First Malaria Vaccine in Africa: Partnership Opportunities to Expand Vaccine Access
Photo 1: From L to R: Dr. Kwaku Poku (KP) Asante, Kintampo Health Research Centre, Dr. Ashley J. Birkett, PATH, Dr. Opokua Ofori-Anyinam, GSK Vaccines, Dr. Mary Hamel, WHO, Mozambican Amb. Dos Santos Photo 2: From R to L, seated at table: Sally Ethelston, PATH. Florizelle Liser, CCA, Morayor Essieh, CCA
On Tuesday, November 19, 2019, Corporate Council on Africa (CCA) hosted a health working group meeting, First Malaria Vaccine in Africa: Partnership Opportunities to Expand Vaccine Access. Panelists discussed the opportunity for improved malaria control with the RTS,S/AS01 vaccine as well as the implications of the vaccine for African countries.
President and CEO of CCA, Florizelle Lizer opened the event with welcome remarks followed by a panel discussion moderated by Sally Ethelston, Director of Resource Mobilization and Outreach, Malaria Vaccines, PATH. The panelists included Dr. Kwaku Poku (KP) Asante, Director of the Kintampo Health Research Centre, Dr. Ashley J. Birkett, Director of PATH’s Malaria Vaccine Initiative, Dr. Mary Hamel, Lead of Malaria Vaccine Implementation Program, WHO, and Dr. Opokua Ofori-Anyinam, Director of Clinical Development, GSK Vaccines.
Dr. Hamel disclosed updates of the WHO’s flagship Malaria Vaccine Implementation Program. So far, the pilot introductions of the vaccine are limited to Kenya, Malawi, and Ghana and are showing a decrease in the number of malaria cases which coincide with increases in government and community dedication. Some of the discussed modes of malaria treatment include insecticide-treated nets, indoor residual spraying, and intermittent preventive treatment (IPT), all of which are not individually 100% effective, but they do help.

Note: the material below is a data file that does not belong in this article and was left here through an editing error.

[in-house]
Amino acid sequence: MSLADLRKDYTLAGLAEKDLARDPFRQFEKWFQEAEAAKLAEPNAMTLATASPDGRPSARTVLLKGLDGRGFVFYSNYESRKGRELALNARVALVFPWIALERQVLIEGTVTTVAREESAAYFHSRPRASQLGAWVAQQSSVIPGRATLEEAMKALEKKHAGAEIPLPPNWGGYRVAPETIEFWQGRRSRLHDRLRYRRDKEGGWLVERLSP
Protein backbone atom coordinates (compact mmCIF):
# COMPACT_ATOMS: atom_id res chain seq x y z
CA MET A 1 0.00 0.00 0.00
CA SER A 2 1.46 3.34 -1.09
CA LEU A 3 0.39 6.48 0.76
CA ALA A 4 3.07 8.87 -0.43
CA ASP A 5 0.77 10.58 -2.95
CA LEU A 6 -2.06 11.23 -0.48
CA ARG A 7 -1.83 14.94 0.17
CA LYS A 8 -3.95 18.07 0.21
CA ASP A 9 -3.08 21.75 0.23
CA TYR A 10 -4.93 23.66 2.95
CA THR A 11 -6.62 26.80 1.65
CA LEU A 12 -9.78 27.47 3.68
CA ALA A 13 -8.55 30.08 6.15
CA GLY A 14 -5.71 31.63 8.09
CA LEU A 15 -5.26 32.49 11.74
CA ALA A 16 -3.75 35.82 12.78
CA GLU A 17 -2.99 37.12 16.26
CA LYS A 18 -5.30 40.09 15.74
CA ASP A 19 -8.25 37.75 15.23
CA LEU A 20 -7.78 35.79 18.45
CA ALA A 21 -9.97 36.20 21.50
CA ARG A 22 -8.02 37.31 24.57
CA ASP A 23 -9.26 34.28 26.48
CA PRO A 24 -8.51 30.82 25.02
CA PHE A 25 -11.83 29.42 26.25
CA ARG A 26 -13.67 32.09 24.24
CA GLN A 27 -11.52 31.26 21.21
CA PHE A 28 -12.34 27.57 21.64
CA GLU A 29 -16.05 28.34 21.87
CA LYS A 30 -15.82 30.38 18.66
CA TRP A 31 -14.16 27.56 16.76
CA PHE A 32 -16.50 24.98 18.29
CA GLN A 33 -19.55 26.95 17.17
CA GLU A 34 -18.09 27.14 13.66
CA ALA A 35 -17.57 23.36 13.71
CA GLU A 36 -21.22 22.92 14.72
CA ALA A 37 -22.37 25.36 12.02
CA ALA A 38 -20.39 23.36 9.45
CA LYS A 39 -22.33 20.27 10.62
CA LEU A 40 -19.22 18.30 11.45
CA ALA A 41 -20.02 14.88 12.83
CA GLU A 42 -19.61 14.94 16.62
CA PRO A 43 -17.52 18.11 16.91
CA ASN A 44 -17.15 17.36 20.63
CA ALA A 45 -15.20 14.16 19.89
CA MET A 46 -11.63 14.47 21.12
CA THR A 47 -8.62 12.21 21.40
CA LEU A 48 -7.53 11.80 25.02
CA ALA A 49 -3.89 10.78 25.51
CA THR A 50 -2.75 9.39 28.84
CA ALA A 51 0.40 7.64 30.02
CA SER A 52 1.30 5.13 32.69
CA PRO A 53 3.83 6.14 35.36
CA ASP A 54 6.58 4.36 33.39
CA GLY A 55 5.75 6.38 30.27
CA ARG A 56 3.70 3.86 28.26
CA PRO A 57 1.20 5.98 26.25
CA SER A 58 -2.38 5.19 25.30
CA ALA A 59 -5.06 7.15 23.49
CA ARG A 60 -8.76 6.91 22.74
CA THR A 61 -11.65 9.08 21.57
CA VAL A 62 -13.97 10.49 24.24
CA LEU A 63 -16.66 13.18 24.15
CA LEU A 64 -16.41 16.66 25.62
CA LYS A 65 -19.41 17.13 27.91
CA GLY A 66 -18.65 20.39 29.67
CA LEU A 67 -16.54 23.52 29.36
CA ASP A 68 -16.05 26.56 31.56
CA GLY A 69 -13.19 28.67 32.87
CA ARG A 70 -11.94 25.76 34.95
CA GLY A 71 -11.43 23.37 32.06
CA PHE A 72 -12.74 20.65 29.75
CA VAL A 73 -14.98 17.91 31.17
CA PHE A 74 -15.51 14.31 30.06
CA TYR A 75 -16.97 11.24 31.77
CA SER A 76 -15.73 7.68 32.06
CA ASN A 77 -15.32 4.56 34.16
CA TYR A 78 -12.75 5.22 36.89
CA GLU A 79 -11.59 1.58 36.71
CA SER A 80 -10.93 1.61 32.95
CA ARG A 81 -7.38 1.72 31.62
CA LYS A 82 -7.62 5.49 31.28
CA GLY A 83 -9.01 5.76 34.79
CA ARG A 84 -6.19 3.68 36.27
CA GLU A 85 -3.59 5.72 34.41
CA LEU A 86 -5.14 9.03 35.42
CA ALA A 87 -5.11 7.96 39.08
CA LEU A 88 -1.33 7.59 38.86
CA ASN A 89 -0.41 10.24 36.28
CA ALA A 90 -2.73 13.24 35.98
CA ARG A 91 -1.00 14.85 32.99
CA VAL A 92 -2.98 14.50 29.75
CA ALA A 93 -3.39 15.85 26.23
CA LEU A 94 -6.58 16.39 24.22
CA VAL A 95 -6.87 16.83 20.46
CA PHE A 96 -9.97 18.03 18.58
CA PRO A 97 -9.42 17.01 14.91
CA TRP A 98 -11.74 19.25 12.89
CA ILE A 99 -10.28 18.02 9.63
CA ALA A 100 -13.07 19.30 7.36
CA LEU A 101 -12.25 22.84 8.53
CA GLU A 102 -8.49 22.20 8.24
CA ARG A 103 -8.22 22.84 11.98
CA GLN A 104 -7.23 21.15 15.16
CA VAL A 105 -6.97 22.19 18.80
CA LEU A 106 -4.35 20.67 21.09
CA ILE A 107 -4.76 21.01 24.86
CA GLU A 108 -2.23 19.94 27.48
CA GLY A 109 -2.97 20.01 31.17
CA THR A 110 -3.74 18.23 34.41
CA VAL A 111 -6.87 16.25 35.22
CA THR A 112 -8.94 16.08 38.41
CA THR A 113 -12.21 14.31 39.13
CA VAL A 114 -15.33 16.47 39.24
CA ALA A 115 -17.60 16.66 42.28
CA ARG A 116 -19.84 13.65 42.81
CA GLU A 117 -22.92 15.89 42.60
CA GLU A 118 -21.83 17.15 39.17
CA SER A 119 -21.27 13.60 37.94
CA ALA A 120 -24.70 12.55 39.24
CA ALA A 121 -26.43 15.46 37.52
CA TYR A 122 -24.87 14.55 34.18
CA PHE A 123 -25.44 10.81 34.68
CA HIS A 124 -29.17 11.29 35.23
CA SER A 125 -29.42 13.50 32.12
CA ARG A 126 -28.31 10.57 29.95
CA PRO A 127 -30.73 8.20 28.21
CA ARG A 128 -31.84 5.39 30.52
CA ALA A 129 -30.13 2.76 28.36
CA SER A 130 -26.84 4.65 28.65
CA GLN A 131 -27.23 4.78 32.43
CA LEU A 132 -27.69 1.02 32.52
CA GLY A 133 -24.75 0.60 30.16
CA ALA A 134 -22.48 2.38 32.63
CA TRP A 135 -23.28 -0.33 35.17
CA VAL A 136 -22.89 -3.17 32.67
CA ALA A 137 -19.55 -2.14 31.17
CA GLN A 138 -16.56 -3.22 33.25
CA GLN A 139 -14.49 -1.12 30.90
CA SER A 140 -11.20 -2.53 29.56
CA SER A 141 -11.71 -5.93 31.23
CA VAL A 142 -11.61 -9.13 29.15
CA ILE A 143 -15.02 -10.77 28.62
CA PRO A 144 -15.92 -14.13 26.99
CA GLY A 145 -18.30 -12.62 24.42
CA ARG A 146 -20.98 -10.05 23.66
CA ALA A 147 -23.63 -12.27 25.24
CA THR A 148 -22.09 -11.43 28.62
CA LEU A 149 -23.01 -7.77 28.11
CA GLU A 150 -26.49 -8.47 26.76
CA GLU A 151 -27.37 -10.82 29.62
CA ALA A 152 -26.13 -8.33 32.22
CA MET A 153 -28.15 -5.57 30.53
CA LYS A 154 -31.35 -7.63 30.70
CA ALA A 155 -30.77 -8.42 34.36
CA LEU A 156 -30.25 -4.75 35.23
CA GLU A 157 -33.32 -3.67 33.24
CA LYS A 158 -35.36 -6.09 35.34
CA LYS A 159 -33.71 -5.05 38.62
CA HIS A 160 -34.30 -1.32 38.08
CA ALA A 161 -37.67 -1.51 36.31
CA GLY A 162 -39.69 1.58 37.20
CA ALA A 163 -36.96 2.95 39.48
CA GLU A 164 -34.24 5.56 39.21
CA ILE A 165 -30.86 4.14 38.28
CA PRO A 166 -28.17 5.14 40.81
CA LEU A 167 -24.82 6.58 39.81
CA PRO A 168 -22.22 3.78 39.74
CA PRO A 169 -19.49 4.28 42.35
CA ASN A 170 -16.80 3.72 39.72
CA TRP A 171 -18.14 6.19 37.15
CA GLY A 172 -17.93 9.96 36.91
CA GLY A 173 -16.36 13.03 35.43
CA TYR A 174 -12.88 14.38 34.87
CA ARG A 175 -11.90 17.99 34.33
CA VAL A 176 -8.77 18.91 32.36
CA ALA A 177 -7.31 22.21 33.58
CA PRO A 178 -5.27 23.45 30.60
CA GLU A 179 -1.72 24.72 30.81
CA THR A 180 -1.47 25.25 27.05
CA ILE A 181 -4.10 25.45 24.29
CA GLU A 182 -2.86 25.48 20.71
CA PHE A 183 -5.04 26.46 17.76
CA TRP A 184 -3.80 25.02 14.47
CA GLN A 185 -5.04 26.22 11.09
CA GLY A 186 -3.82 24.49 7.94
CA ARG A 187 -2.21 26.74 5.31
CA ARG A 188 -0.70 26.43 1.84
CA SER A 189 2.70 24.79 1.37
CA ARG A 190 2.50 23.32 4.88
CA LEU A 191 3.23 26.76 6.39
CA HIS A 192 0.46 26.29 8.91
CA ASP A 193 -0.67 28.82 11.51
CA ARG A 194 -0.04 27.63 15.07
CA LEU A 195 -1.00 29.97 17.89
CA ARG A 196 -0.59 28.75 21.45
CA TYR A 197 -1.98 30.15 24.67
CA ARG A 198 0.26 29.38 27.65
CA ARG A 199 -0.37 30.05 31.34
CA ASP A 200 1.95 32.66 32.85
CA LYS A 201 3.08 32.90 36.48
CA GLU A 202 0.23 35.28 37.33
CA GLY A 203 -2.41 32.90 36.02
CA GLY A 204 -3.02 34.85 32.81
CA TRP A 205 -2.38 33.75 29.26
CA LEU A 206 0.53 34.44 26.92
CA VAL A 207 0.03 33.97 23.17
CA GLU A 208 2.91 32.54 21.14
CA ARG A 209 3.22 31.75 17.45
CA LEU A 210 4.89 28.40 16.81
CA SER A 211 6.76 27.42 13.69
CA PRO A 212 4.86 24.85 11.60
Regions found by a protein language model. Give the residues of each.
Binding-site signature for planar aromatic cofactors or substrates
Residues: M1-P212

Dr. Hamel also highlighted how, when used alongside the aforementioned intervention methods, the vaccine is even more effective. She stated that vaccine introductions will continue through 2023, but emphasized the need for investment, and for African countries to decide whether they want to introduce the vaccine in their country and determine their malaria strategy.
The panel discussed the broader challenges, opportunities, and needs of the pilot program. Dr. Ofori-Anyinam stressed the importance for GSK to have an end-to-end model that ensures that those who need the vaccine have access to it as well as their need to find partners that will help them share the risk of the program.
According to Dr. Asante, there is a need to break down communication for community education, and better modes of recording and managing data on the continent. Dr. Hamel presented 3 important needs of the program including, $6 million to complete the pilots, countries accumulating data to make decisions of whether to implement the vaccine, and support of long-term access to the vaccine.